As I write this, it has been announced that her daughter is pregnant, will be having the baby, and is marrying the father. Now, this is very sad, but it can be a witness to all other young girls, and to parents with daughters in this situation that there is another choice besides abortion, that instead of being “punished with a baby”, as Obama says, they can be blessed with a baby, as God writes straight with crooked lines. THERE IS A CHOICE FOR LIFE.


    But I have yet to be convinced that a McCain administration is, on balance, going to be truly “good”

    I have no hope for “truly ‘good’”. I can only hope for the staying of evil. I am not so much voting for McCain as I am voting against Obama. Did you see the letter to the editor from Saul Alinsky’s son in which he praised Obama for adhering so closely to the Alinsky method? Obama is dangerous for this country. McCain at least slows the pace – Obama will send us leaping and bounding into marxism such as we have not yet seen in this country.

    Comment by annabenedetti | September 2, 2008 | Reply

  9. The blue collar voters in WV-OH-PA I had in mind are not necessarily “liberal” as you and I think of that term. They have real anxieties about the culture and the economy, and their identification with the Democratic party is often rooted deeply in their family histories. They don’t usually trust Republicans, because they’ve been told the GOP is the party of corporate elites and country clubbers. In fact, it’s now more the other way around; the super-wealthy and the super-educated have been trending Democratic. Sarah Palin has an opportunity to break through and talk to these blue collar voters in a language and style they understand, and to win a fair hearing for GOP solutions.

    Comment by Chris | September 2, 2008 | Reply

  10. “Sarah Palin has an opportunity to break through and talk to these blue collar voters in a language and style they understand, and to win a fair hearing for GOP solutions.”

    If true, Chris, it will be a conservative campaign ahead. I hope you’re right. Time will tell. No more talk of breaking “glass ceilings” these non-liberal WV-OH-PA blue collar workers can’t even dream about.

    But let’s keep something else in mind. Ideological liberalism – not just blue collar unionism – permeates the working classes as well. Liberalism isn’t restricted to blue state elites by any stretch. Feminists run the corporations, HR departments, and union halls who hire these people, and a large percentage of their workers have assimilated their political convictions. This was true even back in the 80s during my brief stint as a Teamster working for UPS.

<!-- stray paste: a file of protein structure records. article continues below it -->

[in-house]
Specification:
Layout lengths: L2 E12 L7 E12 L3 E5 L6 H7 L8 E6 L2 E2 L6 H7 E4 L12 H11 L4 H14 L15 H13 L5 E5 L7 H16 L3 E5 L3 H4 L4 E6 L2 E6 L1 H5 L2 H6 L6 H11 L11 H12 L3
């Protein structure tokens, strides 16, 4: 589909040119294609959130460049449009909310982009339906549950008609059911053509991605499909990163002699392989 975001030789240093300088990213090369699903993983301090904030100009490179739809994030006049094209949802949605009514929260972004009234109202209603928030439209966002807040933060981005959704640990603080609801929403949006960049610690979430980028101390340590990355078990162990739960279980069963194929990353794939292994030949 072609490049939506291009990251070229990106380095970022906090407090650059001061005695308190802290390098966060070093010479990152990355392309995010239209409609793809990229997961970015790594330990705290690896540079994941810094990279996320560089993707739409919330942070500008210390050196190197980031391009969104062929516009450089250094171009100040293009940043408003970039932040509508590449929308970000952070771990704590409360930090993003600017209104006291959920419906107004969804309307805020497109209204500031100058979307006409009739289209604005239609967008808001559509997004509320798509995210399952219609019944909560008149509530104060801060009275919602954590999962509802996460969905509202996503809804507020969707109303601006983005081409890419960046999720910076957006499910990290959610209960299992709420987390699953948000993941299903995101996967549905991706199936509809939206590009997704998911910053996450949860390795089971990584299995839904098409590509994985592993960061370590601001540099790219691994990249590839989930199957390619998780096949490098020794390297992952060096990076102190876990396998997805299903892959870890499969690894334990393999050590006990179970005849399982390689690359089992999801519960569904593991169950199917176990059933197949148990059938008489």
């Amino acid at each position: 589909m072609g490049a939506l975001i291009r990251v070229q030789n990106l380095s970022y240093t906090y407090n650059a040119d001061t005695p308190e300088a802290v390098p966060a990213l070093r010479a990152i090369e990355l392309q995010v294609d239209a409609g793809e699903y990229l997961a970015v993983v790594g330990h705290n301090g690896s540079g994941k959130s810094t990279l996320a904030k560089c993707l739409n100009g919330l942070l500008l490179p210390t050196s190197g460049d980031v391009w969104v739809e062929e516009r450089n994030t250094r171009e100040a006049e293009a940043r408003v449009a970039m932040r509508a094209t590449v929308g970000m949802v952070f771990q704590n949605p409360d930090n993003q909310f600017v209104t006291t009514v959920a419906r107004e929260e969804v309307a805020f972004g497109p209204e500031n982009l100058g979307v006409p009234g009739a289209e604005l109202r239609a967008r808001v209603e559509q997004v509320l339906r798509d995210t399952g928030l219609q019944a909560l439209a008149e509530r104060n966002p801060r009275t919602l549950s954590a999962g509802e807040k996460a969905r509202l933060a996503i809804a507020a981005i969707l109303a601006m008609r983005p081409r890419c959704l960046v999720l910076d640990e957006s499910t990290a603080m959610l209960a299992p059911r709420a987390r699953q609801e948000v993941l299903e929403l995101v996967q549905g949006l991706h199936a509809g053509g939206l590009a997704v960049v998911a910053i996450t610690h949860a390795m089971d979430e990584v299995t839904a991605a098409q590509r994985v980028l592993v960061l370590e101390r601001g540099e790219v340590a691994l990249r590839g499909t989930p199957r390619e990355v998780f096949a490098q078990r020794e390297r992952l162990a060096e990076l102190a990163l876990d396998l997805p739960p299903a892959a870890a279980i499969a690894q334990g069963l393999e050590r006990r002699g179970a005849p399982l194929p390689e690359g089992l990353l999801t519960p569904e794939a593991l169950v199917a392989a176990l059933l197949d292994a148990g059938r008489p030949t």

These are Hilary’s people. If Palin is going to appeal to them on their own terms, she’ll need a liberal, feminist message.

    Comment by Jeff Culbreath | September 2, 2008 | Reply

  11. These are Hilary’s people. If Palin is going to appeal to them on their own terms, she’ll need a liberal, feminist message.

    I beg to differ. All she needs to do is be a woman and she has done that well. :)

    I say this because I read many reaction comments from Hillary supporters who feel (note, feel – not necessarily think) betrayed because Hillary was not selected to be VP. They are out for blood and want to get back at the Dems. So – they say they’ll vote for Palin.

    I don’t vote on gender, I vote on issues and credentials and I admit, sometimes I hedge my bets. But if THEY want to vote for Palin simply because she’s a woman? Well, I think we should take that vote. Because four years from now, when Hillary is back, they’ll take it back. Might as well use it while we can.

    Comment by annabenedetti | September 2, 2008 | Reply

  12. “I beg to differ. All she needs to do is be a woman and she has done that well.”

    If you’re right, dear Annabenedetti, then she’ll campaign on the principles she’s always believed in and will not modify her message to appease the Hilary camp. Let’s wait and see what happens …

    Comment by Jeff Culbreath | September 2, 2008 | Reply

  13. As I wait with you, I will hope and pray! I just received this today – what do you think?

    http://www.ninevehjourney.org/

    Comment by annabenedetti | September 2, 2008 | Reply

  14. Jeff -
    Hope you noticed that in the big speech last night there wasn’t a single mention of Hillary or the glass ceiling. I think the campaign got the message.

    Was that a barn-burner of a speech or what?

    Comment by Chris | September 5, 2008 | Reply

  15. Annabenedetti: The Ninevah Journey looks great. We’ll try to participate!

    Comment by Jeff Culbreath | September 6, 2008 | Reply

  16. “Hope you noticed that in the big speech last night there wasn’t a single mention of Hillary or the glass ceiling. I think the campaign got the message.”

    Yes, I was grateful for that, although there was still this ridiculous little gem:

    “And among the many things I owe them is one simple lesson: that this is America, and every woman can walk through every door of opportunity.”

    Whatever.

    “Was that a barn-burner of a speech or what?”

    As political speeches go these days, it was top-notch. She’s a marvelous speaker and an endearing personality. Coming of age in the Reagan era, though, I miss the days when political speeches had actual content.

    Comment by Jeff Culbreath | September 6, 2008 | Reply